Another possible object of his suffering is his daughter, Stephanie; and his fan-base. After a heart attack, Randy is struck by his own mortality and pursues a relationship with the daughter he alienated. It becomes clear that he cannot sustain a relationship with her without further making her life difficult, so he restarts his wrestling career and separates himself from her in order to “save” her.
 Another possible object of Randy’s suffering is his fan-base. One of the few consistencies in Randy’s life are his dedicated fans. During every wrestling match and promotional event, his fans cheer him on and laud his skills and signature moves. When all else fails, Randy returns to wrestling, because he identifies himself as a wrestler and an entertainer, and it is where he feels comfortable. Before beginning his final match, he addresses the crowd in a way not often seen in the arena of professional wrestling: instead of deriding his opponent, or launching into a self-aggrandizing monologue, he opens up to his cheering fans and thanks them. He admits that he has done wrong and has been washed up. Again, this humility could be interpreted a characteristic of the “Suffering Servant” of Christ in Isaiah 53. He sacrifices himself for the love of his fans. He enfolds them into his identity in a final act of love. Instead of quitting, he gives completely of himself for them. This dedication to those whom he loves costs him everything, much like the standard picture of the ultimate sacrifice of the Christ Figure.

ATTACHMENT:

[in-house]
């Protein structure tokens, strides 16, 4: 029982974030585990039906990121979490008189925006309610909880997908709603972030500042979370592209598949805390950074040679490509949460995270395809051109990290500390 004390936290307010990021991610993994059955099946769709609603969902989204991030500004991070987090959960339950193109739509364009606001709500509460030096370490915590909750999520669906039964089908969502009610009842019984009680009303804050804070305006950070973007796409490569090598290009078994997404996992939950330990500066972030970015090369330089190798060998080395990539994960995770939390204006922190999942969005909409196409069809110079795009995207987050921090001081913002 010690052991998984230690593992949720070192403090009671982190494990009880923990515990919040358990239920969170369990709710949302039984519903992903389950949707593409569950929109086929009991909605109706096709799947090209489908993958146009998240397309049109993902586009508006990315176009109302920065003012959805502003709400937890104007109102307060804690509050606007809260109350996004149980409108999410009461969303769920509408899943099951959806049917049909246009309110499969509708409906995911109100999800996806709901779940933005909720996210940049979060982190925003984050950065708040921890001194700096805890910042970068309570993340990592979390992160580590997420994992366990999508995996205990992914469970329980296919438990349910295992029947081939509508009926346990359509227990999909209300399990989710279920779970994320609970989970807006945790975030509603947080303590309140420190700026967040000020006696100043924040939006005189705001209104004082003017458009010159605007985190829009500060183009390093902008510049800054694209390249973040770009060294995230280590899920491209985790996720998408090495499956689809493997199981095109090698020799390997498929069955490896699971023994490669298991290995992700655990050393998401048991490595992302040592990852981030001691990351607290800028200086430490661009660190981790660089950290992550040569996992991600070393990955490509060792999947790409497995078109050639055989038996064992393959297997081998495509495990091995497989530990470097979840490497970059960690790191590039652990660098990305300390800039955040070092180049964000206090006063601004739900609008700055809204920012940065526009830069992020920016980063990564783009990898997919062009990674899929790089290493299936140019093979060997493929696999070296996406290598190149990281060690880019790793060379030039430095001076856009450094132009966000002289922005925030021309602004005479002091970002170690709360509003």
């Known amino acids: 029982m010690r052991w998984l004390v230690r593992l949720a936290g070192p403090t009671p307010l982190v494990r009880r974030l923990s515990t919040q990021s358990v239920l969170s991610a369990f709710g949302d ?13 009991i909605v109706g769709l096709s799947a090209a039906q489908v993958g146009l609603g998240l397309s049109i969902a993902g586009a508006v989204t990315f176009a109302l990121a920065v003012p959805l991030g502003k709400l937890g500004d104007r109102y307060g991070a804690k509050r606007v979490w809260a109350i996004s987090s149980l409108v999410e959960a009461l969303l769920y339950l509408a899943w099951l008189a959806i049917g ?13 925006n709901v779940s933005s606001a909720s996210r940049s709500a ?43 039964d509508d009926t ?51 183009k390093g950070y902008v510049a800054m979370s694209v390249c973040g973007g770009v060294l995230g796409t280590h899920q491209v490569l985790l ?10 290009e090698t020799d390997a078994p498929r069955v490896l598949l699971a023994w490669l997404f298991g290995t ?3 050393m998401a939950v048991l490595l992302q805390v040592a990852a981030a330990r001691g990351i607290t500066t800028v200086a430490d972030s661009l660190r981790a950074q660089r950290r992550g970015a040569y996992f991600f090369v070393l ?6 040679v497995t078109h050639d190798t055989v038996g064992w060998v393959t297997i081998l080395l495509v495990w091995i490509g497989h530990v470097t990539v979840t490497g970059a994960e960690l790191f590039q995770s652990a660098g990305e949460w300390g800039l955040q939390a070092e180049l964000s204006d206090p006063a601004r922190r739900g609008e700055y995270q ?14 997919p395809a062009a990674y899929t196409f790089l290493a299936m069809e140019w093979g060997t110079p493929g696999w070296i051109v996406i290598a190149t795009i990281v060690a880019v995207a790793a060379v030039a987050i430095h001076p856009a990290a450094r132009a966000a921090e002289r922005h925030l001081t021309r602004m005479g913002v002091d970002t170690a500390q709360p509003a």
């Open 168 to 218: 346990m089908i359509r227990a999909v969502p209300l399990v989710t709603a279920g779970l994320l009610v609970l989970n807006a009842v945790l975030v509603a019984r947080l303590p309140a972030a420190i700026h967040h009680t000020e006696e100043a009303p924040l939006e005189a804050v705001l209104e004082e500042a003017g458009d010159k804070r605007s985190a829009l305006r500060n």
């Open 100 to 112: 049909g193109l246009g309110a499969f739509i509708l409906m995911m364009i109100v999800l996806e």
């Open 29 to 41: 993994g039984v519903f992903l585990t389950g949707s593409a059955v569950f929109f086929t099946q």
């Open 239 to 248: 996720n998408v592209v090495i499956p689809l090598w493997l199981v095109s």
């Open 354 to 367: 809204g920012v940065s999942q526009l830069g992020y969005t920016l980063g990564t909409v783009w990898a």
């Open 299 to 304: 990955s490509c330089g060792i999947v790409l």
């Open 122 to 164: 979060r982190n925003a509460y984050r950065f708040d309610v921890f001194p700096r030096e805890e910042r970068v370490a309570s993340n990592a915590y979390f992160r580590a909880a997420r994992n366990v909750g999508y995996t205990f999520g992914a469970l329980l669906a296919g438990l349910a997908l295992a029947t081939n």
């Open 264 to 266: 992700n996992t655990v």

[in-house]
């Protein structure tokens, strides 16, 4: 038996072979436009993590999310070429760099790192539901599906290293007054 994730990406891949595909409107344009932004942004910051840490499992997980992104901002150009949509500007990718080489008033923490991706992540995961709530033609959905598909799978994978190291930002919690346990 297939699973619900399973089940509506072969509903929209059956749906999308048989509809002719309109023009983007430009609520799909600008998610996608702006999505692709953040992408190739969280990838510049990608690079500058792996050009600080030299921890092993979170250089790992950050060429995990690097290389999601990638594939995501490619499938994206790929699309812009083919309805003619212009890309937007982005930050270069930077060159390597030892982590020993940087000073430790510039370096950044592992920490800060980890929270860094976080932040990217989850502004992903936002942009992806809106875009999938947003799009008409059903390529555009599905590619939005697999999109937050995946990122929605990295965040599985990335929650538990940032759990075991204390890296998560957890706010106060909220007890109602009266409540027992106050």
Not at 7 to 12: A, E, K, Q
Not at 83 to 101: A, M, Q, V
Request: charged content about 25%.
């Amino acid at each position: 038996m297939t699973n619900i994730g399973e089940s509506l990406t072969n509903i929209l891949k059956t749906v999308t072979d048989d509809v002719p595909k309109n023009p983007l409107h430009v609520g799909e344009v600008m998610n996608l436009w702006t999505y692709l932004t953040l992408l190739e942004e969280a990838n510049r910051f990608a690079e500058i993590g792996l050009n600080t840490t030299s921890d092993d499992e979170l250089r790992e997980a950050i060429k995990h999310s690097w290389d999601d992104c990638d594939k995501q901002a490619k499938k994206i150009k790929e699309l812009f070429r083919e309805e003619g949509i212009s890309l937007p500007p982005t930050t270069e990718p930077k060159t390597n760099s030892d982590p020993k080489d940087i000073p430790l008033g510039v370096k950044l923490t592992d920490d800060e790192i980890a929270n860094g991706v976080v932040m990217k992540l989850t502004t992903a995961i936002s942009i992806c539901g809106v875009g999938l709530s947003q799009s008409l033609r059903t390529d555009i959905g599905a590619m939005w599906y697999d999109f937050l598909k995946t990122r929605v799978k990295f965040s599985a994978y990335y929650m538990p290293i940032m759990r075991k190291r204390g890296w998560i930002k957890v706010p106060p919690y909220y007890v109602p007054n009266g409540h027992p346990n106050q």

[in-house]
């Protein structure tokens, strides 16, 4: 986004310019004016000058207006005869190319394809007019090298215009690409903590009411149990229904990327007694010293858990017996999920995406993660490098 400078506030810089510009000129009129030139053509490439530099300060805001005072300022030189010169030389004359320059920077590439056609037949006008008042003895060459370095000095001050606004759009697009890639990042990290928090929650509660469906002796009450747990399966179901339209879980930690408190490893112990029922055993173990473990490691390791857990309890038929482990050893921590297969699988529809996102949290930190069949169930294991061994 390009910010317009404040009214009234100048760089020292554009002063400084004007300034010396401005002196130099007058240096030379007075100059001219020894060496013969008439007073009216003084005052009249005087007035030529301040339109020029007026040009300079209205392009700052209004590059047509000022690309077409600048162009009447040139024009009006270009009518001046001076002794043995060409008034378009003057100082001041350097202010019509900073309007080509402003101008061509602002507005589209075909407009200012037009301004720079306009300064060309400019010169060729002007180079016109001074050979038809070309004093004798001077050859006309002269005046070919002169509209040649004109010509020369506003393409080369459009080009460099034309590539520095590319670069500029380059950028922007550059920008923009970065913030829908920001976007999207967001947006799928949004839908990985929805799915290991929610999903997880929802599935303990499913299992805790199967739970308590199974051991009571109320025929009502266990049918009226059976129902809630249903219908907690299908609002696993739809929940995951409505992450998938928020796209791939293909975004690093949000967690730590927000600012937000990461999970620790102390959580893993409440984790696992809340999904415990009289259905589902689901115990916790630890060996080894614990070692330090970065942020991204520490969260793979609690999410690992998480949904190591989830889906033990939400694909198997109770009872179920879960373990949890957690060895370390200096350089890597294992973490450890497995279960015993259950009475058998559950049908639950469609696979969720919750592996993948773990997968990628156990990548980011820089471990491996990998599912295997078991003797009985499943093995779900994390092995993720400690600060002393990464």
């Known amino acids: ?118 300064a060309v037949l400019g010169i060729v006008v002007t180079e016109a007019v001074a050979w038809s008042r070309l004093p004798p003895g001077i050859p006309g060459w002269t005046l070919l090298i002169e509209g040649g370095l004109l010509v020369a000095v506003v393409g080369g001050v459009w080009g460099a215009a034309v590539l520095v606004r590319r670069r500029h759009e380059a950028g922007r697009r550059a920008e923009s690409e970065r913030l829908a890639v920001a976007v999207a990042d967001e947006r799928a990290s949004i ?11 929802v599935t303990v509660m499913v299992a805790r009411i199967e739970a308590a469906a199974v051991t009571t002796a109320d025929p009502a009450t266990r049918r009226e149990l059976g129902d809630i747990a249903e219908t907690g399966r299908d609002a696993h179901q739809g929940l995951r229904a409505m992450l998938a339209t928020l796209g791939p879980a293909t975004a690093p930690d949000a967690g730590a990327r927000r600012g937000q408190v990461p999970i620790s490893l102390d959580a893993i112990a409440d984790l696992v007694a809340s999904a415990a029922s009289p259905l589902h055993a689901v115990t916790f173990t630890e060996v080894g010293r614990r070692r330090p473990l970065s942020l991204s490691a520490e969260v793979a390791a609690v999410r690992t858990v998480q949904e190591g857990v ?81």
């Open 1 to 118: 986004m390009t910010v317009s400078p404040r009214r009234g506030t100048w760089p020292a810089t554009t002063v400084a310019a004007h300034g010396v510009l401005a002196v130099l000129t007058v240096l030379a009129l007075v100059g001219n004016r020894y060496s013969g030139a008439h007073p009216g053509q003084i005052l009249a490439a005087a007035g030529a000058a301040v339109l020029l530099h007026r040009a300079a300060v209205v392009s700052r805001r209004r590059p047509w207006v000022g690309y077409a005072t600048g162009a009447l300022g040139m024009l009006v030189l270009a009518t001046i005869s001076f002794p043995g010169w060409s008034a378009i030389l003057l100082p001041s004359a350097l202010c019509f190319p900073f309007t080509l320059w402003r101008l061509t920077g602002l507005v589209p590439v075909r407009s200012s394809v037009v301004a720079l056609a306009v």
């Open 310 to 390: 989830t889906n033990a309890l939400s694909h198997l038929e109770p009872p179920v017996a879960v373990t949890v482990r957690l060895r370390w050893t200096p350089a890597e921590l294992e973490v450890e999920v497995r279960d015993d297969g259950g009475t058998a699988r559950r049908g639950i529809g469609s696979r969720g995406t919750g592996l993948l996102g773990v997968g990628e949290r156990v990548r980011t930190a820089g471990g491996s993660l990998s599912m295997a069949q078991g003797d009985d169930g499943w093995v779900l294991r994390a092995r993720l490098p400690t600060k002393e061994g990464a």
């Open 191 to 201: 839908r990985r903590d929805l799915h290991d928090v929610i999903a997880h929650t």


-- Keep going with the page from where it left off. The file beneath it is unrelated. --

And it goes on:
Another dominant theme is the Eternal Feminine – in a simplified understanding – the concept of the redemptive, good, God-Mother. Throughout the film Cassidy and Stephanie share elements of the Eternal Feminine. Cassidy could be seen as shouldering part of the role of the Eternal Feminine, in that she resurrects layers of happiness within Randy that were erstwhile hidden, and she also helps him facilitate a relationship with Stephanie. Stephanie, however, fits more of the characteristics of the classical understanding of the Eternal Feminine.
 Before his heart attack, Randy aimlessly and apathetically continues his life as a wrestler. After the incident, Randy seeks out a relationship with his daughter. Because of her, he wants to be make things right again, and he wants to be responsible. It is her presence as the Eternal Feminine that urges him out of his listlessness and dissatisfaction; she passively redeems him to a better life.
 The Wrestler is filled with religious and non-religious themes. It will be argued that Randy represents the Christ Figure, though it is perhaps more accurate to argue that Randy has present within his character elements of the Christ figure. The Eternal Feminine is also present. It makes a fractured cameo, splitting time between Cassidy and Stephanie – both of whom try to find ways to redeem the wounded wrestler.
Journal of Religion and Film 2009